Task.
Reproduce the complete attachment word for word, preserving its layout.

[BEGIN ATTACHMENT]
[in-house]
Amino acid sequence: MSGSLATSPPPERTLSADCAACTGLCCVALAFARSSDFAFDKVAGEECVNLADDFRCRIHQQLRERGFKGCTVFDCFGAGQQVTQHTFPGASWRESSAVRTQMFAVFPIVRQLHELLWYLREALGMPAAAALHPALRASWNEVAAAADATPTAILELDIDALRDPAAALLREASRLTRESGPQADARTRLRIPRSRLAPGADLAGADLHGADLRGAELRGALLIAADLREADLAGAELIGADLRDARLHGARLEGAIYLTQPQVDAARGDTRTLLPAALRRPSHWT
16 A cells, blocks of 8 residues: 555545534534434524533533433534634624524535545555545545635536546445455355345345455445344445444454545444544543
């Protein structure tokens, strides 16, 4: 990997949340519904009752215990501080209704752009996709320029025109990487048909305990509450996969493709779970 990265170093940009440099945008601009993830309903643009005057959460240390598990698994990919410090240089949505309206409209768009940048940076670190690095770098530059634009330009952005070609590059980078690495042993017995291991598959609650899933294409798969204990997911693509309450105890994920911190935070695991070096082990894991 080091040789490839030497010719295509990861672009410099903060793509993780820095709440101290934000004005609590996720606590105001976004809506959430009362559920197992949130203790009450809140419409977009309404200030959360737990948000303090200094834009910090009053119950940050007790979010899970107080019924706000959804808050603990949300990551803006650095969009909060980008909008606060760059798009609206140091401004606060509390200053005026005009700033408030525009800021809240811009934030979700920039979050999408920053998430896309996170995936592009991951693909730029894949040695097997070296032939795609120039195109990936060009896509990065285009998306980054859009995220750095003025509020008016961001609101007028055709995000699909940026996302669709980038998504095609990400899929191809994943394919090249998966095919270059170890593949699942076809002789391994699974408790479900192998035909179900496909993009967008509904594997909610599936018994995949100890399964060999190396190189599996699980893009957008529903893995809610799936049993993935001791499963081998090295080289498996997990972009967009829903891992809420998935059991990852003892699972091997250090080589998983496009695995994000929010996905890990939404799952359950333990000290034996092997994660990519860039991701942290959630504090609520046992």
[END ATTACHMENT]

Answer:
[in-house]
Amino acid sequence: MSGSLATSPPPERTLSADCAACTGLCCVALAFARSSDFAFDKVAGEECVNLADDFRCRIHQQLRERGFKGCTVFDCFGAGQQVTQHTFPGASWRESSAVRTQMFAVFPIVRQLHELLWYLREALGMPAAAALHPALRASWNEVAAAADATPTAILELDIDALRDPAAALLREASRLTRESGPQADARTRLRIPRSRLAPGADLAGADLHGADLRGAELRGALLIAADLREADLAGAELIGADLRDARLHGARLEGAIYLTQPQVDAARGDTRTLLPAALRRPSHWT
16 A cells, blocks of 8 residues: 555545534534434524533533433534634624524535545555545545635536546445455355345345455445344445444454545444544543
């Protein structure tokens, strides 16, 4: 990997949340519904009752215990501080209704752009996709320029025109990487048909305990509450996969493709779970 990265170093940009440099945008601009993830309903643009005057959460240390598990698994990919410090240089949505309206409209768009940048940076670190690095770098530059634009330009952005070609590059980078690495042993017995291991598959609650899933294409798969204990997911693509309450105890994920911190935070695991070096082990894991 080091040789490839030497010719295509990861672009410099903060793509993780820095709440101290934000004005609590996720606590105001976004809506959430009362559920197992949130203790009450809140419409977009309404200030959360737990948000303090200094834009910090009053119950940050007790979010899970107080019924706000959804808050603990949300990551803006650095969009909060980008909008606060760059798009609206140091401004606060509390200053005026005009700033408030525009800021809240811009934030979700920039979050999408920053998430896309996170995936592009991951693909730029894949040695097997070296032939795609120039195109990936060009896509990065285009998306980054859009995220750095003025509020008016961001609101007028055709995000699909940026996302669709980038998504095609990400899929191809994943394919090249998966095919270059170890593949699942076809002789391994699974408790479900192998035909179900496909993009967008509904594997909610599936018994995949100890399964060999190396190189599996699980893009957008529903893995809610799936049993993935001791499963081998090295080289498996997990972009967009829903891992809420998935059991990852003892699972091997250090080589998983496009695995994000929010996905890990939404799952359950333990000290034996092997994660990519860039991701942290959630504090609520046992």